The Patagonia and its diversity, with its parks and natural reserves, forests, lakes, glaciers, mountains, plateaus and huge sea coast, is an ideal region for ecotourism and flora and fauna watching.
Lihué Calel, Domuyo, Tromen, Copahue, Caviahue, Laguna Blanca, Lanín, Nahuel Huapi, Los Arrayanes, Lago Puelo, Los Alerces, Perito Moreno, Los Glaciares and Tierra del Fuego are not just attractive names, but in the Patagonian geography they also refer to mounts of plains and tablelands, snowcapped hills and volcanoes, geysers and fumaroles, wetlands on flat terrains, hundred-year-old and even thousand-year-old forests with native vegetation and animals, extending to the banks of emerald-green lakes, a preserved postcard landscape with delightful villages on the mountains, small hotels or even exclusive and fancy five-star ones.
Imposing mammals and sea birds live for some seasons on the rough Patagonian coasts, where they spend part of their reproductive process. On Península Valdés, killer whales, dolphins, sea lions, elephant seals, and the undisputed queen, i.e. the Southern Right Whale, can be found. These arrive in June, ready to be courted; in December, as the weather is hot, they leave their leading role to beaches and cliffs, perfect for diving and snorkeling. In Punta Tombo, thousands of Maguellanic penguins arrive in September to sit on their eggs. In Puerto Deseado there is a wonderful ría (a long, narrow, tidal inlet), a colony of Rockhopper penguins, thousands of birds and graceful Commerson’s dolphins.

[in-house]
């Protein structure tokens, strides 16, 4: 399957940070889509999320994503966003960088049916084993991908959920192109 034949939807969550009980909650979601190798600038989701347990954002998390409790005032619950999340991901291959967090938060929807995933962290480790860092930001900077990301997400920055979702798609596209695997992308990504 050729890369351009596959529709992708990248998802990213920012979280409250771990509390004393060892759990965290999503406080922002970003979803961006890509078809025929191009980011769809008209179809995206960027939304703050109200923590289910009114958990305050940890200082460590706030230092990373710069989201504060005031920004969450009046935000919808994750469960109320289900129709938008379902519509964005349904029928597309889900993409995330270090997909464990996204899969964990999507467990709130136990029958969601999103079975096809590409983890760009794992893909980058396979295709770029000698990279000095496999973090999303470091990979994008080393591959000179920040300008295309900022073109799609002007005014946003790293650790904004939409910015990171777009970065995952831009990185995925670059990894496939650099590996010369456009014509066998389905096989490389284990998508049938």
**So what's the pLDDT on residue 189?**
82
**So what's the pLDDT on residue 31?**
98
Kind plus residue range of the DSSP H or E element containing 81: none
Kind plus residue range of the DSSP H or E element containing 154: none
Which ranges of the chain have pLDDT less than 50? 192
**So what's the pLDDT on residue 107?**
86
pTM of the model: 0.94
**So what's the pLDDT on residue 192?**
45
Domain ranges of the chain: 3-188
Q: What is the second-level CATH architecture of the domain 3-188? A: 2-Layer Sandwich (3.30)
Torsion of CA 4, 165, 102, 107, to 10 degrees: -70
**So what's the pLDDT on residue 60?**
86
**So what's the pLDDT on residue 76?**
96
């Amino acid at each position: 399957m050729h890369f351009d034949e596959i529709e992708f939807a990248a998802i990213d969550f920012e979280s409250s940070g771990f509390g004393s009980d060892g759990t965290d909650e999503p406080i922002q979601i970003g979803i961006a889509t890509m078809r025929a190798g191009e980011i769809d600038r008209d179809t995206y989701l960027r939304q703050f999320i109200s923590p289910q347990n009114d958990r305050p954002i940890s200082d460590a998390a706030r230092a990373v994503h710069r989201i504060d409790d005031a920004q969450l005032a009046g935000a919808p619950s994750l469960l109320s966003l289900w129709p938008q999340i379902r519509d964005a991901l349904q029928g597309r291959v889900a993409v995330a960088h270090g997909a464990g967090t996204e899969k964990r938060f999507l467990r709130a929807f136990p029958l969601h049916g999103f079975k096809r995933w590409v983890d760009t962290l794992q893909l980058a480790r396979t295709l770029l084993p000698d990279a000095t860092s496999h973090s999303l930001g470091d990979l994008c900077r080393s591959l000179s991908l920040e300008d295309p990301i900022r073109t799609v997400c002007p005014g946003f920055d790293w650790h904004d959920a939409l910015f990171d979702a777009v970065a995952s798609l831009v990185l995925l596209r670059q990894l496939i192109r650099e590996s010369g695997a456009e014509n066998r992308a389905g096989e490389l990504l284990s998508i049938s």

In Río Negro, the huge Somuncurá plateau has a personality of its own; it is a very valuable spot, with unique flora and fauna, cave art sites, springs and petrified forests. In Chubut and Santa Cruz there are two amazing fossil sites, with gigantic Araucanian remains which for millions of years now have been covered and preserved by lava and ashes.